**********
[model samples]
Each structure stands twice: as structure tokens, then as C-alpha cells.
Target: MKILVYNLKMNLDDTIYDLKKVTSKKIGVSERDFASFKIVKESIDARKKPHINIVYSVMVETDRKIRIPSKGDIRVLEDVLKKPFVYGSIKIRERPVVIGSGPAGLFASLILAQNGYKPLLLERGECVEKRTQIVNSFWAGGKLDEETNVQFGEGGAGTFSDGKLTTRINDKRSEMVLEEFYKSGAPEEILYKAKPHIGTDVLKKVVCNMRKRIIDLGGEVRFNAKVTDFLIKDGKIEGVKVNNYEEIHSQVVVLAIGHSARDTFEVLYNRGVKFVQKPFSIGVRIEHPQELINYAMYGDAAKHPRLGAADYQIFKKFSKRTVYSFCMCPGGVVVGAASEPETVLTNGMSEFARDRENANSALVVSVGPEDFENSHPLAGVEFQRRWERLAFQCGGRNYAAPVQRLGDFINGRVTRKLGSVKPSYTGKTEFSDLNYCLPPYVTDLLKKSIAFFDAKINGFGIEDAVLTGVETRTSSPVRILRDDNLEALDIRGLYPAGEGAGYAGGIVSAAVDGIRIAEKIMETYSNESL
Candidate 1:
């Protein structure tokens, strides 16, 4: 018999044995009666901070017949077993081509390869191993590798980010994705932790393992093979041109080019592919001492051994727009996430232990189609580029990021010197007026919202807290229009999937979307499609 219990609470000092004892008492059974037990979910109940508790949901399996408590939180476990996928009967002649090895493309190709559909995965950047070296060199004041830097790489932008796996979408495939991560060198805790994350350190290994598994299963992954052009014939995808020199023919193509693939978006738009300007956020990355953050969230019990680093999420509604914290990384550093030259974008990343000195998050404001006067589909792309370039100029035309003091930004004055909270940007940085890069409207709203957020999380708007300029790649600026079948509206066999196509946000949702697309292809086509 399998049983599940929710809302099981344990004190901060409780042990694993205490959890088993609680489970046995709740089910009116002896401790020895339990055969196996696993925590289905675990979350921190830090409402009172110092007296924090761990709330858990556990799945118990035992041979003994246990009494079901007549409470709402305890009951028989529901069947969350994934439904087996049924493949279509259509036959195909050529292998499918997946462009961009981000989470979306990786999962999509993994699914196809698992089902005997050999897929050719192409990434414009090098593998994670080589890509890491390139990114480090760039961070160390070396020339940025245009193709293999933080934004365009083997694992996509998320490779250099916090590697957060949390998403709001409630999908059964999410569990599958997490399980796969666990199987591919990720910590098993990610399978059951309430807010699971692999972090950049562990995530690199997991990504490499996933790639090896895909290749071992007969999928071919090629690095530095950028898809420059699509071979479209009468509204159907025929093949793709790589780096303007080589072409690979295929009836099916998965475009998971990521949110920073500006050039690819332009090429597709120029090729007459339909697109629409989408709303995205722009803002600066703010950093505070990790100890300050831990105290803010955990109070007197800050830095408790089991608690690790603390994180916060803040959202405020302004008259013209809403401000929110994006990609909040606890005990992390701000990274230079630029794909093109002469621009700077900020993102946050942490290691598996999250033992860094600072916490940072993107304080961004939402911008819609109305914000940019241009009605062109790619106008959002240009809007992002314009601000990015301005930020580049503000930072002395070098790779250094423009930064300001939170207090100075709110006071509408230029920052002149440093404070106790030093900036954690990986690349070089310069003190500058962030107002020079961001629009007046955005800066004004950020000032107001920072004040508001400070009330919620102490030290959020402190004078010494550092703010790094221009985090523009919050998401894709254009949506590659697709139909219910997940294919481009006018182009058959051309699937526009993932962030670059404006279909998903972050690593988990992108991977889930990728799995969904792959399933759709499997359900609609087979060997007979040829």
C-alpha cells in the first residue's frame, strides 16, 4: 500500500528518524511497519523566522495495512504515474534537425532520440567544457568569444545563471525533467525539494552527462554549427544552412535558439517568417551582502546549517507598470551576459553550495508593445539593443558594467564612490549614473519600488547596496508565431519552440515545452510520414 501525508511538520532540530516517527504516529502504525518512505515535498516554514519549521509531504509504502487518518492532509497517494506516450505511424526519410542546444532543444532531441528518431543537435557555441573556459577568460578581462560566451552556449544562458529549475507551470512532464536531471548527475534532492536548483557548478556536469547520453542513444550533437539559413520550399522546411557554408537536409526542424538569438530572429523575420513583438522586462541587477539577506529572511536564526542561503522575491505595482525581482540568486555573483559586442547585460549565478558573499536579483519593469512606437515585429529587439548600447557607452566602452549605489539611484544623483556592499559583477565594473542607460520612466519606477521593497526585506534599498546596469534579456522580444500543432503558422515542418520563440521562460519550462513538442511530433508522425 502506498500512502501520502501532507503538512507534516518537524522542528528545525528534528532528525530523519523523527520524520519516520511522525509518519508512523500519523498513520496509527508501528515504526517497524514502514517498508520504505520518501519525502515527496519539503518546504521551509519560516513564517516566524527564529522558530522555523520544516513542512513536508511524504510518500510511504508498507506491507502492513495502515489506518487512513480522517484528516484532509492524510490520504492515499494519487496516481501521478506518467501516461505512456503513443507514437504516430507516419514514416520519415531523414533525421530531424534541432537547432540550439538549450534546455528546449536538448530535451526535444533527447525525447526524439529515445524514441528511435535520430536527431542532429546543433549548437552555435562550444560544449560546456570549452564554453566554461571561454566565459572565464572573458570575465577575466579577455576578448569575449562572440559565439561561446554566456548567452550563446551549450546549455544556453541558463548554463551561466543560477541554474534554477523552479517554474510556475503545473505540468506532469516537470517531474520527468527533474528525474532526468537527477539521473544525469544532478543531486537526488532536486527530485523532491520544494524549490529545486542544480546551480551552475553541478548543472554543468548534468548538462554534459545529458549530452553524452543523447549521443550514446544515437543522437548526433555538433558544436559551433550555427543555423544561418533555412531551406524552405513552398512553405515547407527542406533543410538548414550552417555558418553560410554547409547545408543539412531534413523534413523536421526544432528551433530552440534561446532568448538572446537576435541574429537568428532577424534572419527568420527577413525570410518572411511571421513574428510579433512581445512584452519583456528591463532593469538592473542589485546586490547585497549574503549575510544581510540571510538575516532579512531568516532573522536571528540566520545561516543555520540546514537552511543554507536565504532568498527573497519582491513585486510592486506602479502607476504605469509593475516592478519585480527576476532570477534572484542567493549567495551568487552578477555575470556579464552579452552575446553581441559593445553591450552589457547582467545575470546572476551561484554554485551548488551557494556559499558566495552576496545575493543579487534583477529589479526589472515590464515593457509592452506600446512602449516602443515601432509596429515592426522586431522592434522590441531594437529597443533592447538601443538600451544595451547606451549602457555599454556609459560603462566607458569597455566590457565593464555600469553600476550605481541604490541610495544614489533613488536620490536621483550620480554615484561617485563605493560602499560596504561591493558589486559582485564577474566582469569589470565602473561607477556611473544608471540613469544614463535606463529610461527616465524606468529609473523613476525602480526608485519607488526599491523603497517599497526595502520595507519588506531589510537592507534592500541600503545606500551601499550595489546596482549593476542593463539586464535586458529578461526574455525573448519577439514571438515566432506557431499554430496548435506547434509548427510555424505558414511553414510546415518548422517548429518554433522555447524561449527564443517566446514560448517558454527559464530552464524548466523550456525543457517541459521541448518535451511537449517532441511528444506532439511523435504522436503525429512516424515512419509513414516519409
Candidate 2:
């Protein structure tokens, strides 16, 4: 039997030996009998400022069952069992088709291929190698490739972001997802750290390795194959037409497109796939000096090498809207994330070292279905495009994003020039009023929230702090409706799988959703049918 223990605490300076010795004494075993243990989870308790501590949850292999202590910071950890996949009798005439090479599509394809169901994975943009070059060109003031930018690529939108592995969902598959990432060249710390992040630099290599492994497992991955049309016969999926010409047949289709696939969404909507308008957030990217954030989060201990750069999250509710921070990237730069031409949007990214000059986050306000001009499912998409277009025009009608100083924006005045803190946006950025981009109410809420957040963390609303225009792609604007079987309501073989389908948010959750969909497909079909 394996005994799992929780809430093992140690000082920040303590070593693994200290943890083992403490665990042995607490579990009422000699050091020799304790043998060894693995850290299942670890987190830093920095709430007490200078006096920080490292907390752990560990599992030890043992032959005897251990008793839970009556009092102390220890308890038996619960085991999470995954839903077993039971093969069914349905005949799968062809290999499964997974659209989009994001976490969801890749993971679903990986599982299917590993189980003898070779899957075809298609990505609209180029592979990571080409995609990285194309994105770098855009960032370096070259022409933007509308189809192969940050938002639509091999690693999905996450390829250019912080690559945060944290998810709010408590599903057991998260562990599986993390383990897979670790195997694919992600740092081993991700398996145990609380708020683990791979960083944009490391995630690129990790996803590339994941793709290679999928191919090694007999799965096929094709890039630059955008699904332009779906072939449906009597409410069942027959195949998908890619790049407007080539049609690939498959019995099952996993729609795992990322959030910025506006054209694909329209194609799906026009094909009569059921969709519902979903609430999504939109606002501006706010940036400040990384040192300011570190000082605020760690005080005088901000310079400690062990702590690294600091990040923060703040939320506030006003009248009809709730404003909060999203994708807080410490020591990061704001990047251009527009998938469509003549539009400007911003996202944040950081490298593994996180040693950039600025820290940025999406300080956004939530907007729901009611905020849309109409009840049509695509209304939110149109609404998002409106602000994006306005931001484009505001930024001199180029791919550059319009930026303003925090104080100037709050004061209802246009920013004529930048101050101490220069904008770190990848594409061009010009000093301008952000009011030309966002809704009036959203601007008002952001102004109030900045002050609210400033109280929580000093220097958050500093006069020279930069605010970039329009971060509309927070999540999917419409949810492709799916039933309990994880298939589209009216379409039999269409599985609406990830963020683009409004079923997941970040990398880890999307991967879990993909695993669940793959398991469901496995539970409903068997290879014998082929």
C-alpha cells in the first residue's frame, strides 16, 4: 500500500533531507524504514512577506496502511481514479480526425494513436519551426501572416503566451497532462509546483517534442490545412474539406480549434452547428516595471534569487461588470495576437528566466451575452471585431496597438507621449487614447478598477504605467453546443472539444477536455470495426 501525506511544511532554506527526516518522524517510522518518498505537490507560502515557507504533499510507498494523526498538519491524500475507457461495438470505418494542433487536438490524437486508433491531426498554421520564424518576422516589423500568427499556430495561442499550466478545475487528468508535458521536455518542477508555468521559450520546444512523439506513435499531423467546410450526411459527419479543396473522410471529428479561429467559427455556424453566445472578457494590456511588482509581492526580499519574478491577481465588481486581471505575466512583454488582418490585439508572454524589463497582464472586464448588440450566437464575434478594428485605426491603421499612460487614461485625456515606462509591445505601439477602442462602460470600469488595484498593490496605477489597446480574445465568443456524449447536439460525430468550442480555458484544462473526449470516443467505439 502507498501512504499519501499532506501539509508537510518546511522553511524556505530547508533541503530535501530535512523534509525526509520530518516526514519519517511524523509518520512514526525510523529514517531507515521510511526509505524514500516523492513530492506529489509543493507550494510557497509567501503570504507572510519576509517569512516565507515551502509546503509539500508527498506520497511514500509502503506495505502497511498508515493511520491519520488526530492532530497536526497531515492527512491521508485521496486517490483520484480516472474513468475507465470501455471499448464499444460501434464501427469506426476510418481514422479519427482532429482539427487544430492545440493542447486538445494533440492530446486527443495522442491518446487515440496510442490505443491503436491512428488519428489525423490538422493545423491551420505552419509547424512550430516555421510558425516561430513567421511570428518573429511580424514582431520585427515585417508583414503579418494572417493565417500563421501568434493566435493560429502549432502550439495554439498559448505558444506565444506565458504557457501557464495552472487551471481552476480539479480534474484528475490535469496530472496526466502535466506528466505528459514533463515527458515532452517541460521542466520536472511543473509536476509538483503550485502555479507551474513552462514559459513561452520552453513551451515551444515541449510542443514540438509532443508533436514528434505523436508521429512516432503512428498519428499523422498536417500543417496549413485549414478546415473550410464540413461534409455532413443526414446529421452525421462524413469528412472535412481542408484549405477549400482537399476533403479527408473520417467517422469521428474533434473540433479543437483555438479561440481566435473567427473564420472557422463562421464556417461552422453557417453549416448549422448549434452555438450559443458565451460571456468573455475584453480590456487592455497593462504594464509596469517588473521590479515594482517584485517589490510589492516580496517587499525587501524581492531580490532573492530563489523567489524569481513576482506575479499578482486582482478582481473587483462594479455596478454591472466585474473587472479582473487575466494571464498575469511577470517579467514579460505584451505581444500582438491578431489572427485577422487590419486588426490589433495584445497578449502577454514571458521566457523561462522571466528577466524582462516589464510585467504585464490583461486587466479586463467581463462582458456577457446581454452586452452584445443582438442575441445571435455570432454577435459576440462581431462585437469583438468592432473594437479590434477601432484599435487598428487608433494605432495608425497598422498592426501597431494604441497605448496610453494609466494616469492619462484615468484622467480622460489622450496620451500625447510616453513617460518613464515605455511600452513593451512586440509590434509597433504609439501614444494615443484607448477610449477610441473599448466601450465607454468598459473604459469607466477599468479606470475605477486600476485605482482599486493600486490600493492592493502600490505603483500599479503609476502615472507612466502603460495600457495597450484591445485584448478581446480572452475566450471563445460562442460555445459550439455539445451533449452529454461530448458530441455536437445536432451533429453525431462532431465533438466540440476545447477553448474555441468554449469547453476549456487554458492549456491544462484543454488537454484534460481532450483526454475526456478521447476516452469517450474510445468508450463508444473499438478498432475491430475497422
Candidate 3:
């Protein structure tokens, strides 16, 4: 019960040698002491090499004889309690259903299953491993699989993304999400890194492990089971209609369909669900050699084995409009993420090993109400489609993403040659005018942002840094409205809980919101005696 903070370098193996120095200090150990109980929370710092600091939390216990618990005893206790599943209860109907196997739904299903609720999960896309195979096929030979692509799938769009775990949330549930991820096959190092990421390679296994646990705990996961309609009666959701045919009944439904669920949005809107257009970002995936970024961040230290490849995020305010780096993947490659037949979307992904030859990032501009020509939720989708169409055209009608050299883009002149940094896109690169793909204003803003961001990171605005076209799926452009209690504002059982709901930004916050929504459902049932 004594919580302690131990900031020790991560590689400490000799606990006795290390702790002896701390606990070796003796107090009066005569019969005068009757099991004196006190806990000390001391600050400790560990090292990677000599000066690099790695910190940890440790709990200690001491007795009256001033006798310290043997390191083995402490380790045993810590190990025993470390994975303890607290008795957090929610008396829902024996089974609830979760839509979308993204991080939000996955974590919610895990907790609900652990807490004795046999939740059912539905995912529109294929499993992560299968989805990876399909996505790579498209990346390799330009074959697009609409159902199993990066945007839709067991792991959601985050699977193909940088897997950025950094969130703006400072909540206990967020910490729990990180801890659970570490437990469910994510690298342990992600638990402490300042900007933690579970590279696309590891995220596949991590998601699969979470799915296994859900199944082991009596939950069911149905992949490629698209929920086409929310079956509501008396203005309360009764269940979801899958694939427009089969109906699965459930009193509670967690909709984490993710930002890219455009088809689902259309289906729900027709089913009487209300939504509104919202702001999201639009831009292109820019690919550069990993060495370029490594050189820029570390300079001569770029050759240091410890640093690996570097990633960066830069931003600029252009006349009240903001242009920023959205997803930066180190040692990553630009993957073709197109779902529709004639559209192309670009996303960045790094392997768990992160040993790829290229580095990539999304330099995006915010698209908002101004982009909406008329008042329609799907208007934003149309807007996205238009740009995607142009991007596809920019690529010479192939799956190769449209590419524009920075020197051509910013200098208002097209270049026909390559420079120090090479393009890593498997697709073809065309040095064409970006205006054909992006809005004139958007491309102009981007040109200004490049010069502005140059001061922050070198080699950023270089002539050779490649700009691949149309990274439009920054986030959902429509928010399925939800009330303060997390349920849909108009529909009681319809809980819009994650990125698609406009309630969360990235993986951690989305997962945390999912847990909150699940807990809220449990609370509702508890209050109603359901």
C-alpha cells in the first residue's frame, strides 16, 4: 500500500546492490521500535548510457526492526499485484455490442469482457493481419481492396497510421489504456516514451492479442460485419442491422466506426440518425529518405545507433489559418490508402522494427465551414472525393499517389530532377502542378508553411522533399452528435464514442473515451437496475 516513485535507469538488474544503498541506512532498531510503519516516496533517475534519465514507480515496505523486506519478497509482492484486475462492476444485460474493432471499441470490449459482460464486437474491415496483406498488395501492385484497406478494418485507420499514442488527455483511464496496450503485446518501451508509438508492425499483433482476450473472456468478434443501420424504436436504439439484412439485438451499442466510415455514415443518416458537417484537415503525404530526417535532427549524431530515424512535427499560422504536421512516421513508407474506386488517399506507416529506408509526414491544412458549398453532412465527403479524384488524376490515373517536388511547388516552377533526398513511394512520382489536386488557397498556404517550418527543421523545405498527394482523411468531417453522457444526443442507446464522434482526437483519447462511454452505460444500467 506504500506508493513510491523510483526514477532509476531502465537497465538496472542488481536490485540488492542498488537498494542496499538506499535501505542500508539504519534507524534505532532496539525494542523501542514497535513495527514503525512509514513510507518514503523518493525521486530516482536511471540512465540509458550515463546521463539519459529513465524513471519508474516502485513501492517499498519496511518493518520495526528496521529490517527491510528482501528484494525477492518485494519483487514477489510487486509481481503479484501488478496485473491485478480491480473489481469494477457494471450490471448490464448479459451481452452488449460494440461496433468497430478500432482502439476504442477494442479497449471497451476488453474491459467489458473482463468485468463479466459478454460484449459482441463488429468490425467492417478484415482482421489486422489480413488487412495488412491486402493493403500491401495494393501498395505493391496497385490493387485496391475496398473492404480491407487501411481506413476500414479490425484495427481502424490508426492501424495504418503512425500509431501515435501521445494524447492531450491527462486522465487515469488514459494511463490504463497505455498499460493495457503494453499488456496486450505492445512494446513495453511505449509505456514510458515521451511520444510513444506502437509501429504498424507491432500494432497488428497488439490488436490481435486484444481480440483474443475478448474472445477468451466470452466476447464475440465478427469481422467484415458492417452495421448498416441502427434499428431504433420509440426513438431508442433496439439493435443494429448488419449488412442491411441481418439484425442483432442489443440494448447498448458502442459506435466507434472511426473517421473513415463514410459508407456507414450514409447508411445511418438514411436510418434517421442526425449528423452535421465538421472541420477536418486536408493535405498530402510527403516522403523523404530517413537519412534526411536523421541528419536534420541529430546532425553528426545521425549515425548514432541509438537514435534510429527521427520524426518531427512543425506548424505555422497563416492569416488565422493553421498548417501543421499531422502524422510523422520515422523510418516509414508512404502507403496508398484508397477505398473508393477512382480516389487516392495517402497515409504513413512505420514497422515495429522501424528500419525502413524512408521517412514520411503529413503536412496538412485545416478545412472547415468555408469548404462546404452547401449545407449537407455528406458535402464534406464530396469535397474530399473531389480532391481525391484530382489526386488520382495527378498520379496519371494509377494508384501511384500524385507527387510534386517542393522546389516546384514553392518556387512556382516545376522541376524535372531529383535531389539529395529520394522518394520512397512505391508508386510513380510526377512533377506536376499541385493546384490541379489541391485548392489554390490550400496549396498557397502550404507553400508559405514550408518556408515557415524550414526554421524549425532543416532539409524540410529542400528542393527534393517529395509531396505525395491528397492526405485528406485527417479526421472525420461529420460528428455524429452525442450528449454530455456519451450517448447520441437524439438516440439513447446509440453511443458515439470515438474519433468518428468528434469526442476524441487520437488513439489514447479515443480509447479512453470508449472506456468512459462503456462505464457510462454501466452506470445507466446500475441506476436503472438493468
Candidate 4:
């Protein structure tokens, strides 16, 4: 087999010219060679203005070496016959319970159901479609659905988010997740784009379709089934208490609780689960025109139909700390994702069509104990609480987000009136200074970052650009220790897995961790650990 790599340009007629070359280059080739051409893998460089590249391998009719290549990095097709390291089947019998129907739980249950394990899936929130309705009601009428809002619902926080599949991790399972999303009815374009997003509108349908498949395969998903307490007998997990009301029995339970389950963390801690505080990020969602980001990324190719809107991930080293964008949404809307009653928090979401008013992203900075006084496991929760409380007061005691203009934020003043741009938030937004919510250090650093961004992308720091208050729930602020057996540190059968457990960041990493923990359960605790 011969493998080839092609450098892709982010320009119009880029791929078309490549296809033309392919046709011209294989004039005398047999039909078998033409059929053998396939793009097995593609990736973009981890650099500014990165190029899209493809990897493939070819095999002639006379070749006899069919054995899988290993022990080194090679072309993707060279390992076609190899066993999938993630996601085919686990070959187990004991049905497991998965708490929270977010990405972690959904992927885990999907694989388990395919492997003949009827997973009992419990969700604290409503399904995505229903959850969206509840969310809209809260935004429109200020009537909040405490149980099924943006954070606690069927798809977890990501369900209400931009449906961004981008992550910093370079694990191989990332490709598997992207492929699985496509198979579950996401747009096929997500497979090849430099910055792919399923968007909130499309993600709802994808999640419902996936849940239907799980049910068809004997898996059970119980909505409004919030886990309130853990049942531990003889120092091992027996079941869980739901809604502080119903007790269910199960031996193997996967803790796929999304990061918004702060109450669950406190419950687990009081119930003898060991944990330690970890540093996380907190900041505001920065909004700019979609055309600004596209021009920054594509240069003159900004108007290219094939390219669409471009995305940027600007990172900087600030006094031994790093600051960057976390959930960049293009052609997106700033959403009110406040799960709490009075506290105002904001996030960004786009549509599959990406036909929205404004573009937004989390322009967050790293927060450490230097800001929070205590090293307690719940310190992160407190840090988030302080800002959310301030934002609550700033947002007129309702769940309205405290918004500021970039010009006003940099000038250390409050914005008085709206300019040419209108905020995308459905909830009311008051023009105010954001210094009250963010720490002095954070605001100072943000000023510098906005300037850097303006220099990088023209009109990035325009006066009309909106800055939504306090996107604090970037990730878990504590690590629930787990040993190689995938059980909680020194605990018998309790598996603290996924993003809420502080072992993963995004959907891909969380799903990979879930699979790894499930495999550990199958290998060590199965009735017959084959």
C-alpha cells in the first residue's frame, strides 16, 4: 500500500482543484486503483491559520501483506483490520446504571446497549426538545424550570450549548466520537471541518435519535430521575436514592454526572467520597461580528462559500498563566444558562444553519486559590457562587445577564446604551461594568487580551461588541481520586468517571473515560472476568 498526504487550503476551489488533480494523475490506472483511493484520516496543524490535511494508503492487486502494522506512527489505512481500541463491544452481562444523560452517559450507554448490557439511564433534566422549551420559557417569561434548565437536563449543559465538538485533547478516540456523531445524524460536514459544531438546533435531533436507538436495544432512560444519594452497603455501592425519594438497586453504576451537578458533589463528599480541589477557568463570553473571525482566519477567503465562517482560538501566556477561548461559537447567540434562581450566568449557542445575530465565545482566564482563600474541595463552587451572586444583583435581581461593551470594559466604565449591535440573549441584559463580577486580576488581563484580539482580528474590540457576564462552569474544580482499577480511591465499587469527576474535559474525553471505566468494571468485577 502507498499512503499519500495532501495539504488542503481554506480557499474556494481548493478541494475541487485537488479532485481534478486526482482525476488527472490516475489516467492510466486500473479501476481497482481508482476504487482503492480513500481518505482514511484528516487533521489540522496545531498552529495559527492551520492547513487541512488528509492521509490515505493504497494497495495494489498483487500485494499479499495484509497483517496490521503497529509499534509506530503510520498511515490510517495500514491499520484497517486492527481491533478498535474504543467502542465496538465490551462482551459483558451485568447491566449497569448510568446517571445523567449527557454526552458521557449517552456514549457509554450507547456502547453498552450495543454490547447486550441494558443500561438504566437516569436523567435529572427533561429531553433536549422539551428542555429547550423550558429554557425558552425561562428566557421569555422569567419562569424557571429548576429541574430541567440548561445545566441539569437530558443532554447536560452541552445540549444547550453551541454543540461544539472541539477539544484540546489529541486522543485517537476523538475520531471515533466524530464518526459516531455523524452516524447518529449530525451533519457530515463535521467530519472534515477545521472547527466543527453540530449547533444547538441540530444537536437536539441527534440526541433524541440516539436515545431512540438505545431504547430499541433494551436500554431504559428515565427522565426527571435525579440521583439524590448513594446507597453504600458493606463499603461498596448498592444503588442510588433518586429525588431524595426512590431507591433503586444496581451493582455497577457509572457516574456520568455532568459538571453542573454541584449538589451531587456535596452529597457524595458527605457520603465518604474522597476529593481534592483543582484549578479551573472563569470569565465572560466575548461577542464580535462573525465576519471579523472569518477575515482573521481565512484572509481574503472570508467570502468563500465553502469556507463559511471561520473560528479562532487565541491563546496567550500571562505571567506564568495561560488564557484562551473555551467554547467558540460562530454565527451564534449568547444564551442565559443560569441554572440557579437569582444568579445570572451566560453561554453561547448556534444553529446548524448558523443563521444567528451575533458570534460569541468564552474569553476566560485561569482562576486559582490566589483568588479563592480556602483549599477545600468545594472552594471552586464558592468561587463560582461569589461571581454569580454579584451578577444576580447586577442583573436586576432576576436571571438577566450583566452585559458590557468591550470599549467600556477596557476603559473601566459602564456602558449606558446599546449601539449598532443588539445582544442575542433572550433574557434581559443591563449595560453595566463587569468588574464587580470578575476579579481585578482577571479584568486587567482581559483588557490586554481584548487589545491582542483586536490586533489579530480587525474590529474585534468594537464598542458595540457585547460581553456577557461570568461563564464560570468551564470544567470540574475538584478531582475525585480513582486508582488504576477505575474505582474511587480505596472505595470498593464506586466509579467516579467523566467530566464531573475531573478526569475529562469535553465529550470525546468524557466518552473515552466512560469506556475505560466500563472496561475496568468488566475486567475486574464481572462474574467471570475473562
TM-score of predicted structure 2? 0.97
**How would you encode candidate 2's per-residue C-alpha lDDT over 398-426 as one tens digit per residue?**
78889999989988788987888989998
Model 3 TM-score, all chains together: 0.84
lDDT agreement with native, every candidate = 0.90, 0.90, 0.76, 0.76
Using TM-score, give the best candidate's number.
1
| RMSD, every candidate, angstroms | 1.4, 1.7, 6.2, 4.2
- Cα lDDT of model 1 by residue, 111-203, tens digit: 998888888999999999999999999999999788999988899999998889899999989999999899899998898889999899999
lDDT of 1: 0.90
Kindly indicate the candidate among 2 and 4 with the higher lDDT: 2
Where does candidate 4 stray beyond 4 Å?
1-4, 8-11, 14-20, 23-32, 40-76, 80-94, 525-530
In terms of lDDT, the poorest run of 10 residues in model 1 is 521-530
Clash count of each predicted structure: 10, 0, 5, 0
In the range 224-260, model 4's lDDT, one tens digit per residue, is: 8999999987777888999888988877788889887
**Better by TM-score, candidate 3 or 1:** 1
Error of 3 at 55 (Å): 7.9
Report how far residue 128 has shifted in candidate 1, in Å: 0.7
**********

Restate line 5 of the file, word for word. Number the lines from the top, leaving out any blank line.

């Protein structure tokens, strides 16, 4: 018999044995009666901070017949077993081509390869191993590798980010994705932790393992093979041109080019592919001492051994727009996430232990189609580029990021010197007026919202807290229009999937979307499609 219990609470000092004892008492059974037990979910109940508790949901399996408590939180476990996928009967002649090895493309190709559909995965950047070296060199004041830097790489932008796996979408495939991560060198805790994350350190290994598994299963992954052009014939995808020199023919193509693939978006738009300007956020990355953050969230019990680093999420509604914290990384550093030259974008990343000195998050404001006067589909792309370039100029035309003091930004004055909270940007940085890069409207709203957020999380708007300029790649600026079948509206066999196509946000949702697309292809086509 399998049983599940929710809302099981344990004190901060409780042990694993205490959890088993609680489970046995709740089910009116002896401790020895339990055969196996696993925590289905675990979350921190830090409402009172110092007296924090761990709330858990556990799945118990035992041979003994246990009494079901007549409470709402305890009951028989529901069947969350994934439904087996049924493949279509259509036959195909050529292998499918997946462009961009981000989470979306990786999962999509993994699914196809698992089902005997050999897929050719192409990434414009090098593998994670080589890509890491390139990114480090760039961070160390070396020339940025245009193709293999933080934004365009083997694992996509998320490779250099916090590697957060949390998403709001409630999908059964999410569990599958997490399980796969666990199987591919990720910590098993990610399978059951309430807010699971692999972090950049562990995530690199997991990504490499996933790639090896895909290749071992007969999928071919090629690095530095950028898809420059699509071979479209009468509204159907025929093949793709790589780096303007080589072409690979295929009836099916998965475009998971990521949110920073500006050039690819332009090429597709120029090729007459339909697109629409989408709303995205722009803002600066703010950093505070990790100890300050831990105290803010955990109070007197800050830095408790089991608690690790603390994180916060803040959202405020302004008259013209809403401000929110994006990609909040606890005990992390701000990274230079630029794909093109002469621009700077900020993102946050942490290691598996999250033992860094600072916490940072993107304080961004939402911008819609109305914000940019241009009605062109790619106008959002240009809007992002314009601000990015301005930020580049503000930072002395070098790779250094423009930064300001939170207090100075709110006071509408230029920052002149440093404070106790030093900036954690990986690349070089310069003190500058962030107002020079961001629009007046955005800066004004950020000032107001920072004040508001400070009330919620102490030290959020402190004078010494550092703010790094221009985090523009919050998401894709254009949506590659697709139909219910997940294919481009006018182009058959051309699937526009993932962030670059404006279909998903972050690593988990992108991977889930990728799995969904792959399933759709499997359900609609087979060997007979040829």